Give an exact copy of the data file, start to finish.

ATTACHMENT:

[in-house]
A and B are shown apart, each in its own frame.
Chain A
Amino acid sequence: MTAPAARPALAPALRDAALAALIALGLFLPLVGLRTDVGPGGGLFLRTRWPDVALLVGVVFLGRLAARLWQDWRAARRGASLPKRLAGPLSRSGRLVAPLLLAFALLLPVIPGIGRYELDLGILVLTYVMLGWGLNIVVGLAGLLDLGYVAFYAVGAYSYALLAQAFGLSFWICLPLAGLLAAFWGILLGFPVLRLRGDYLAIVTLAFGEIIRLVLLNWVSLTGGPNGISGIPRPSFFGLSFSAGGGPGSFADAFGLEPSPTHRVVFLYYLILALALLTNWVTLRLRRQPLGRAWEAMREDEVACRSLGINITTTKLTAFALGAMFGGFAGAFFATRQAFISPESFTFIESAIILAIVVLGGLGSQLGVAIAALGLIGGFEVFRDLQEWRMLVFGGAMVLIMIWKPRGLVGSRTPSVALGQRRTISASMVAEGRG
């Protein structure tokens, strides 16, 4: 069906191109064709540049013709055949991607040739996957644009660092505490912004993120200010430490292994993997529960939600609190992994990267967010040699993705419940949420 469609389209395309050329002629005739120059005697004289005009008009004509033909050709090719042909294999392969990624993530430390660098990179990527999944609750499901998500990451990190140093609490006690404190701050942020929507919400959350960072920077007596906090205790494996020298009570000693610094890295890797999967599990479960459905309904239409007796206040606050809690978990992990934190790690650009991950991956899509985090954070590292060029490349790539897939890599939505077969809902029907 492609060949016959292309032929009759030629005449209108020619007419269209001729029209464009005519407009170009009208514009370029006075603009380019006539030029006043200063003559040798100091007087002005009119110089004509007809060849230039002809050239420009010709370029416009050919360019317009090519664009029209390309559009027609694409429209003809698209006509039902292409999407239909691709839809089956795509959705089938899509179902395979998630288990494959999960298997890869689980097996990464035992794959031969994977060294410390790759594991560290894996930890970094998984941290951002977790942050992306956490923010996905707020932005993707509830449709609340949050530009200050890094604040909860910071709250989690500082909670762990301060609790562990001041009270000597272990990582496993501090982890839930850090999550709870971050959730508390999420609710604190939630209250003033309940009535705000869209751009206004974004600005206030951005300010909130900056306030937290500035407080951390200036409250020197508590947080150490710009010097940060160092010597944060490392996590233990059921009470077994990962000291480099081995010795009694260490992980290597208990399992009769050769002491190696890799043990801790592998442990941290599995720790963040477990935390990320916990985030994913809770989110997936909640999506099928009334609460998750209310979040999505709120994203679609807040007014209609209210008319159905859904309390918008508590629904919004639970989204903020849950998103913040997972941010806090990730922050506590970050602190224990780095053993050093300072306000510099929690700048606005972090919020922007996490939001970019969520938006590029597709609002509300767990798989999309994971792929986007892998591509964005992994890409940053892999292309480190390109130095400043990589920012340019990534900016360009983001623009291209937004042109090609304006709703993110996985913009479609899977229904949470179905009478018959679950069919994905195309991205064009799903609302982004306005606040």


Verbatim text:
[in-house]
A and B are shown apart, each in its own frame.
Chain A
Amino acid sequence: MTAPAARPALAPALRDAALAALIALGLFLPLVGLRTDVGPGGGLFLRTRWPDVALLVGVVFLGRLAARLWQDWRAARRGASLPKRLAGPLSRSGRLVAPLLLAFALLLPVIPGIGRYELDLGILVLTYVMLGWGLNIVVGLAGLLDLGYVAFYAVGAYSYALLAQAFGLSFWICLPLAGLLAAFWGILLGFPVLRLRGDYLAIVTLAFGEIIRLVLLNWVSLTGGPNGISGIPRPSFFGLSFSAGGGPGSFADAFGLEPSPTHRVVFLYYLILALALLTNWVTLRLRRQPLGRAWEAMREDEVACRSLGINITTTKLTAFALGAMFGGFAGAFFATRQAFISPESFTFIESAIILAIVVLGGLGSQLGVAIAALGLIGGFEVFRDLQEWRMLVFGGAMVLIMIWKPRGLVGSRTPSVALGQRRTISASMVAEGRG
């Protein structure tokens, strides 16, 4: 069906191109064709540049013709055949991607040739996957644009660092505490912004993120200010430490292994993997529960939600609190992994990267967010040699993705419940949420 469609389209395309050329002629005739120059005697004289005009008009004509033909050709090719042909294999392969990624993530430390660098990179990527999944609750499901998500990451990190140093609490006690404190701050942020929507919400959350960072920077007596906090205790494996020298009570000693610094890295890797999967599990479960459905309904239409007796206040606050809690978990992990934190790690650009991950991956899509985090954070590292060029490349790539897939890599939505077969809902029907 492609060949016959292309032929009759030629005449209108020619007419269209001729029209464009005519407009170009009208514009370029006075603009380019006539030029006043200063003559040798100091007087002005009119110089004509007809060849230039002809050239420009010709370029416009050919360019317009090519664009029209390309559009027609694409429209003809698209006509039902292409999407239909691709839809089956795509959705089938899509179902395979998630288990494959999960298997890869689980097996990464035992794959031969994977060294410390790759594991560290894996930890970094998984941290951002977790942050992306956490923010996905707020932005993707509830449709609340949050530009200050890094604040909860910071709250989690500082909670762990301060609790562990001041009270000597272990990582496993501090982890839930850090999550709870971050959730508390999420609710604190939630209250003033309940009535705000869209751009206004974004600005206030951005300010909130900056306030937290500035407080951390200036409250020197508590947080150490710009010097940060160092010597944060490392996590233990059921009470077994990962000291480099081995010795009694260490992980290597208990399992009769050769002491190696890799043990801790592998442990941290599995720790963040477990935390990320916990985030994913809770989110997936909640999506099928009334609460998750209310979040999505709120994203679609807040007014209609209210008319159905859904309390918008508590629904919004639970989204903020849950998103913040997972941010806090990730922050506590970050602190224990780095053993050093300072306000510099929690700048606005972090919020922007996490939001970019969520938006590029597709609002509300767990798989999309994971792929986007892998591509964005992994890409940053892999292309480190390109130095400043990589920012340019990534900016360009983001623009291209937004042109090609304006709703993110996985913009479609899977229904949470179905009478018959679950069919994905195309991205064009799903609302982004306005606040």